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spree - distributed interactive sessions.


mount {spree/spree} /n/remote



Spree serves a file system that allows clients to interact through various types of engine (see spree(2) for an explanation of engines). It serves styx messages through file descriptor 0; thus it can be mounted directly with mount(1), or made available across the network with styxlisten (see listen(1)).

Spree serves a name-space consisting of a directory for each clique that is currently active, and a file, name, that holds the authenticated name of the user that has mounted the spree namespace. A clique's directory holds at least one file, ctl; if a client opens this file, it can write to it communicate with the clique's engine, and read from it to find updates to the state of the clique. Messages written to the file are formed as text and the write yields an error if there is an error executing the command. The first message written to the file is the initial request to join the clique; conventionally it is the string join, but some engines accept other kinds of message (e.g. watch). If the initial request succeeds, the client will be informed of the current state of the clique by means of update messages read from the same file. Reading from the file will block until an update is available, whereupon the read request will return as many updates are available, separated by newline characters. If there are more updates available than can fit in the read request, the last two bytes of the buffer read will be a newline character and an asterisk (*) respectively, indicating that there are more updates to come.

When spree is first started, it creates one clique, a ``lobby'' (see spree-lobby(4)) that allows other cliques to be created; this is named 0).

A client cannot join a particular clique more than once.

A zero-length write to the ctl file causes any reads of that file from the same file descriptor to yield EOF (no bytes). This is necessary to force a hangup under systems such as Windows, where it is not possible to interrupt a kproc blocked on a network read.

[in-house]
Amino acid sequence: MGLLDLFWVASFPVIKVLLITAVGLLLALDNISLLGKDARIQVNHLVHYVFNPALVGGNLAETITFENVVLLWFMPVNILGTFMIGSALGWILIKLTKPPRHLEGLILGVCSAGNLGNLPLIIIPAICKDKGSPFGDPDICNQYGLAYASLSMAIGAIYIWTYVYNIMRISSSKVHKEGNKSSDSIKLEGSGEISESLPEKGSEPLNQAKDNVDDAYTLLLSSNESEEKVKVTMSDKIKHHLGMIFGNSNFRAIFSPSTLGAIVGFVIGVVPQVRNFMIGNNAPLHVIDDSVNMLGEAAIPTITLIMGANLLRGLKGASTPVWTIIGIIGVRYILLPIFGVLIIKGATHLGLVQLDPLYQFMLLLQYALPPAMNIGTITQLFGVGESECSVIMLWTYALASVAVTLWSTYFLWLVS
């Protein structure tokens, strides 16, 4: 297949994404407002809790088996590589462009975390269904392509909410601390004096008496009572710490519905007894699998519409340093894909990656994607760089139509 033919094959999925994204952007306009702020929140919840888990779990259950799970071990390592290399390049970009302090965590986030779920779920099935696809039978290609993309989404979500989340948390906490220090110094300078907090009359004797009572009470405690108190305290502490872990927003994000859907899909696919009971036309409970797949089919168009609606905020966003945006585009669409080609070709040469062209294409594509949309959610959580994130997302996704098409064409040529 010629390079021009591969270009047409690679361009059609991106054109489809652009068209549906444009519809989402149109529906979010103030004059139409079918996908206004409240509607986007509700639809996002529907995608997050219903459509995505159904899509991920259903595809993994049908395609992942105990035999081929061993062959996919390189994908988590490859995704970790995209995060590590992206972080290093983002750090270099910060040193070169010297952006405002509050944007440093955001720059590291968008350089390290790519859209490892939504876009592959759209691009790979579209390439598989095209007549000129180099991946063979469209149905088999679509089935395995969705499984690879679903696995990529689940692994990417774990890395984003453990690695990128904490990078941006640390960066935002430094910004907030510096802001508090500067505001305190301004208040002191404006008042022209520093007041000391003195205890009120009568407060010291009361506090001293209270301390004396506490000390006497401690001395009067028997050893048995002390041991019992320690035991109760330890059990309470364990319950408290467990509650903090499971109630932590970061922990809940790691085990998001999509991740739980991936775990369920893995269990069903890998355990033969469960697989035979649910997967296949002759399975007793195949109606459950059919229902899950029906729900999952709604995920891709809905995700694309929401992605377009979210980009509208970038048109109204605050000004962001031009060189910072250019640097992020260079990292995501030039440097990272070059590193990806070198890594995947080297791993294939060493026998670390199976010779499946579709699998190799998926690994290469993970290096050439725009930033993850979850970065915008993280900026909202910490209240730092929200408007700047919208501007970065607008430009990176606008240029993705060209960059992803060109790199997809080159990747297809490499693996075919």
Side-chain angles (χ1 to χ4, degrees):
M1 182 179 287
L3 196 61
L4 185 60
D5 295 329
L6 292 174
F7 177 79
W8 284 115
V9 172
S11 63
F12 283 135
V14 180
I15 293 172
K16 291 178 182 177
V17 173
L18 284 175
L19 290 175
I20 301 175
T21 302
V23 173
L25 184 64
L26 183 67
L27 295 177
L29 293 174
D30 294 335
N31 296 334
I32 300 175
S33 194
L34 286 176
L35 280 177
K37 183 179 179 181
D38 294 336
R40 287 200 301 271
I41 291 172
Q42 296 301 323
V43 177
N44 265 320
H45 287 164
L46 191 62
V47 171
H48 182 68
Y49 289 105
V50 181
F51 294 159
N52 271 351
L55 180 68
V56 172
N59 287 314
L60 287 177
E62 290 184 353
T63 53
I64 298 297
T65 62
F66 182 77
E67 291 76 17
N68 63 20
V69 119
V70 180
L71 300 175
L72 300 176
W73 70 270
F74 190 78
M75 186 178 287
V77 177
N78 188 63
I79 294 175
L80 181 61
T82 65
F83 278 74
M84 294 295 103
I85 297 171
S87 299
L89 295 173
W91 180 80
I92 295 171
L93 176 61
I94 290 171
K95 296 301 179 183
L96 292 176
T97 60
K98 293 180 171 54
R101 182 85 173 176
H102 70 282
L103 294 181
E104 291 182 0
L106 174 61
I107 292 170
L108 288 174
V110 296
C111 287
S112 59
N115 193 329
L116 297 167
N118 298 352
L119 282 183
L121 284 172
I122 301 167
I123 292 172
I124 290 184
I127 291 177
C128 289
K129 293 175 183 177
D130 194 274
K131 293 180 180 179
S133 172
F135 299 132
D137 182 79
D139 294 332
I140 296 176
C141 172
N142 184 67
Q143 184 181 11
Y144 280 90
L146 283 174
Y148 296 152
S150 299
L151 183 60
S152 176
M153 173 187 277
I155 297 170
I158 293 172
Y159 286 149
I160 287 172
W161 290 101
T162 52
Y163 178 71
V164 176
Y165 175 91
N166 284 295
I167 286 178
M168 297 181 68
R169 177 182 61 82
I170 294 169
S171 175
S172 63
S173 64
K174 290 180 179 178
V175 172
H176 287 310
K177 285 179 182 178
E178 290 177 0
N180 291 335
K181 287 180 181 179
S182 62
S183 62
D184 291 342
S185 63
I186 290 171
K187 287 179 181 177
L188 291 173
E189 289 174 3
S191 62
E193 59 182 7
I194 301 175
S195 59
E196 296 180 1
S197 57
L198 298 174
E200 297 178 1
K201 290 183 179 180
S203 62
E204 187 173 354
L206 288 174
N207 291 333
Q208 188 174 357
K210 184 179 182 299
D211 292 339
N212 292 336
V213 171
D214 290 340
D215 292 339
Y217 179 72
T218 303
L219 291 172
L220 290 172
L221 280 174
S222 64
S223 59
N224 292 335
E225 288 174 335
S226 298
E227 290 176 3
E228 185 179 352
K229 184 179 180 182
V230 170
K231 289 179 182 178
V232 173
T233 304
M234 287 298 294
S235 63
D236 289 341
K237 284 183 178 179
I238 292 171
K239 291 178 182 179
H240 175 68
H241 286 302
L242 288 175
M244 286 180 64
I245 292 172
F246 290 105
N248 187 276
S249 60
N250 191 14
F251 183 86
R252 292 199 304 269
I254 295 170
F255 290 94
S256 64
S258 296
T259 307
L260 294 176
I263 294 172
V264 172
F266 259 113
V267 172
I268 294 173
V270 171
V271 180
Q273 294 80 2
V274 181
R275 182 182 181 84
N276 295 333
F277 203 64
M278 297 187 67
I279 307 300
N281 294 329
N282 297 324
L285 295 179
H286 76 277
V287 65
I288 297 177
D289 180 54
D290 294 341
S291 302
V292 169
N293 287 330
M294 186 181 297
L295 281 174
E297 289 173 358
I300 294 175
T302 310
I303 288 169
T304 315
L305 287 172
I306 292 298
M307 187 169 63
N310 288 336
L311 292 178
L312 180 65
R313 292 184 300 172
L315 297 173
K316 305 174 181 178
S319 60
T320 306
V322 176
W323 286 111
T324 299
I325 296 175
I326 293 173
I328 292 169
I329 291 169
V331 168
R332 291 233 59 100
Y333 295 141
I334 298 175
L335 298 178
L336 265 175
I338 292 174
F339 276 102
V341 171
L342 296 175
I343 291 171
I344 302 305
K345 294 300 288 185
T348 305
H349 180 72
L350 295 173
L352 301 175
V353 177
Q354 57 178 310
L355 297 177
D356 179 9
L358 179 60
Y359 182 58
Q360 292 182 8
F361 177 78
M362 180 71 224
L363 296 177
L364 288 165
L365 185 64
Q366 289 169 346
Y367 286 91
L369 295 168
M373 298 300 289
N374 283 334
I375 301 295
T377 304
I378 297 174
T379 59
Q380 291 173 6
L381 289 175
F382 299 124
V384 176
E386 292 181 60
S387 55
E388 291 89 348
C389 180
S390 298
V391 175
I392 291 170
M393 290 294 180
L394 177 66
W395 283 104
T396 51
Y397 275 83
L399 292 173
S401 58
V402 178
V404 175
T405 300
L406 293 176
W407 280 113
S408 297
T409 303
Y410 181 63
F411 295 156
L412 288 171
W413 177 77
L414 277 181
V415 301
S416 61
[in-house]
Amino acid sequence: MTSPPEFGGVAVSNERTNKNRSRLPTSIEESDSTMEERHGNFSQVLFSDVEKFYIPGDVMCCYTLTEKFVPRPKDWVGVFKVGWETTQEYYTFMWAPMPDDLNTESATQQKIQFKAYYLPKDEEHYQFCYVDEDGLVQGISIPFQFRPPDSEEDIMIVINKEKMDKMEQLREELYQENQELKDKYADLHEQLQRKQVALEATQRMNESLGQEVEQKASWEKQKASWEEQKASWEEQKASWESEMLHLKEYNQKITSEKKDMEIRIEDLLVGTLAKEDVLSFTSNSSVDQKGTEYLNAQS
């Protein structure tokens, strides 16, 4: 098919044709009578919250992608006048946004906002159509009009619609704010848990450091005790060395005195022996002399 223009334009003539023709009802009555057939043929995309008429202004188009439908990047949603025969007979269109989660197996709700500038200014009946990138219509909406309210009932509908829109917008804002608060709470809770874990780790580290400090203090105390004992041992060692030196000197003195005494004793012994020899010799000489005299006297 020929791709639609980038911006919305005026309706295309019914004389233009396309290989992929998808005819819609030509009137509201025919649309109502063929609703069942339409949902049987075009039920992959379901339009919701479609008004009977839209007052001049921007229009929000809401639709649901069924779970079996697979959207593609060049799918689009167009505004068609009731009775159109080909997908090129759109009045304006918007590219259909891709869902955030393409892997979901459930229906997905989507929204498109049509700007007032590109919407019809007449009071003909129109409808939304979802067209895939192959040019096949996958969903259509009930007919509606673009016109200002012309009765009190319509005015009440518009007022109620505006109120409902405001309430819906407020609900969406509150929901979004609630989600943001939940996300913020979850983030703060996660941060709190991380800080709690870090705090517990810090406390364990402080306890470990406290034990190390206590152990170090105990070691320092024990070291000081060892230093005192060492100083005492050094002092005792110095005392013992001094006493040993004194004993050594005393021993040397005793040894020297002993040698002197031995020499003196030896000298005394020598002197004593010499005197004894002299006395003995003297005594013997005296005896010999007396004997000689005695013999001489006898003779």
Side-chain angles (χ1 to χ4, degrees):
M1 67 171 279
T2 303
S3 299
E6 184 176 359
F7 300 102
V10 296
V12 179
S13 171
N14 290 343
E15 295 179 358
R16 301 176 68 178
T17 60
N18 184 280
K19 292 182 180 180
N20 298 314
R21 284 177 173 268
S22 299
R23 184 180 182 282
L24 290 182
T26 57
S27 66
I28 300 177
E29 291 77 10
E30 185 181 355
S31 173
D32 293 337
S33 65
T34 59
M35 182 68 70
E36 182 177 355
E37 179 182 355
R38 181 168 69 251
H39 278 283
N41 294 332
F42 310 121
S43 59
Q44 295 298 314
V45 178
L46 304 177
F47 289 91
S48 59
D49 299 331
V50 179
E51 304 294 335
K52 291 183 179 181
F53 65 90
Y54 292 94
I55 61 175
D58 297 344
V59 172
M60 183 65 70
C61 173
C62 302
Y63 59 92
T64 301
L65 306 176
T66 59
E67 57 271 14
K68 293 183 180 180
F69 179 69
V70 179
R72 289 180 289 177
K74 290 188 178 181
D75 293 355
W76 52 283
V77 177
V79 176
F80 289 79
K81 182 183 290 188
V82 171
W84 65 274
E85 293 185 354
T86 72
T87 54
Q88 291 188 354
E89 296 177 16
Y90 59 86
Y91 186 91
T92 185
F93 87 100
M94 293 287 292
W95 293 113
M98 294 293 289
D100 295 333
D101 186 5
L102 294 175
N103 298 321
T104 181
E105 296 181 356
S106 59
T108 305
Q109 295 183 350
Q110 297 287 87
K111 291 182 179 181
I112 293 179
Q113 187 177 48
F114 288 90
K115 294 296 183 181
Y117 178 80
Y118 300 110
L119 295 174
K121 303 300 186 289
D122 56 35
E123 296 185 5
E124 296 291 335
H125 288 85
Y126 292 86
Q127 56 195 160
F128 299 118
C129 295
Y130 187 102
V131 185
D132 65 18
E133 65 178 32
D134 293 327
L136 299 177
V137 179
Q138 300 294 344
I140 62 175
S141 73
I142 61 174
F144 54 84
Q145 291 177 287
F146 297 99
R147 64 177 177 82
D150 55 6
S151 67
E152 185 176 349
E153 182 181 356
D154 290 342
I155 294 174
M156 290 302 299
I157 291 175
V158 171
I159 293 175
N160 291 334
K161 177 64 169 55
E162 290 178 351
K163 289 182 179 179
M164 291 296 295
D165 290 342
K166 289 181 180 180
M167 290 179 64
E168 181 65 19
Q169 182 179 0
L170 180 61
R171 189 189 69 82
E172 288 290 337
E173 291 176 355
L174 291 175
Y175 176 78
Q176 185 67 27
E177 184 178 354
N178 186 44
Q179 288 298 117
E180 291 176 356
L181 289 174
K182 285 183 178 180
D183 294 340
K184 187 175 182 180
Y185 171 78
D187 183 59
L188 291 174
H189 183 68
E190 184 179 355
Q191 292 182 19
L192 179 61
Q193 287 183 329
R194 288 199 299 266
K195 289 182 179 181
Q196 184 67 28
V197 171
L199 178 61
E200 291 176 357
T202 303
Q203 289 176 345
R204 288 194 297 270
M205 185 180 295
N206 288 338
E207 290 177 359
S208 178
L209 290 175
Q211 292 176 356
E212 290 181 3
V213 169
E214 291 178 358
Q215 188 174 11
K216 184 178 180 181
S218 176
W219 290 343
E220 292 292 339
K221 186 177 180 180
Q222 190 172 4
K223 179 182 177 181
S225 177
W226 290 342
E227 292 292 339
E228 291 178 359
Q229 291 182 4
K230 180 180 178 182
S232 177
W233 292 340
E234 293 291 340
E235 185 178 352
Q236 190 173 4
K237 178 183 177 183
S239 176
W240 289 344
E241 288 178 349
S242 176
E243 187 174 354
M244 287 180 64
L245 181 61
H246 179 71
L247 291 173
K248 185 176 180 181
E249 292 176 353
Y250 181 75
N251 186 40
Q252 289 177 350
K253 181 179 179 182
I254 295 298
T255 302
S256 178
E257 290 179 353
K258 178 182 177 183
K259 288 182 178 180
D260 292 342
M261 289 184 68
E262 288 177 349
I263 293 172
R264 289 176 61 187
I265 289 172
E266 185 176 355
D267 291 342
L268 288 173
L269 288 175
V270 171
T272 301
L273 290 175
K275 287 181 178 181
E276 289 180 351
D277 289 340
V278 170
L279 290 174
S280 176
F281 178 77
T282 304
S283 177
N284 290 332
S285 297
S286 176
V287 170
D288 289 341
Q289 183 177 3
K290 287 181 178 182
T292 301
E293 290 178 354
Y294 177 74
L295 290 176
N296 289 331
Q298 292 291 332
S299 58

The update messages generated by spree are as follows:

create objid parentid visibility objtype
Create an object, identified by objid, at the end of parentid's children (parentid is -1 for the root object). Visibility is non-zero if the object's children are visible to the member reading the update. Objtype is the object's type (engine dependent).
tx srcid dstid start end index
Transfer objects from srcid to dstid. Take the objects from the range [startend) in the children of srcid, and insert them just before index in dstid. When objects are transferred to an object that conceals its children, and the object is itself visible, the objects will first be transferred to the destination and then deleted; objects transferred out of such an object will first be created and then transferred to their destination. This enables a client to maintain some knowledge of where an object has been transferred to, even if the object is no longer visible, and means that a client is unable to keep track of objects that are concealed from it.
del parentid start end objid...
Delete the range [startend) of children from the object identified by parentid. Spree guarantees that those objects will themselves not have any children. The list of objids gives the actual identifiers of the objects deleted, for the benefit of clients that do not wish to keep lists of objects' children.
set objid attr val
Set the attribute named attr on object objid to val.
vis objid visibility
The visibility of object to the reading member objid has changed to visibility (non-zero if visible).
Game engines can generate arbitrary messages of their own devising; such messages are specific to particular engine types.

Note that a given client does not have to interpret all the above messages - different client types have their own conventions. The card client type uses most of the above functionality, for example, whereas a client for the chat engine listed in spree(2) can get away with interpreting only one message, the custom action chat.

Writes to the opened clique file are interpreted as clique actions by the clique that has been loaded, and acted on accordingly. Invalid actions will draw a write error.


The simplest client!

mount tcp!somehost.com!3242 /n/remote
	echo create chat >[1=0]
	cat &
	cat  >[1=0] < /dev/cons
} <> /n/remote/new





SPREE(4 ) Rev:  Tue Mar 31 02:42:39 GMT 2015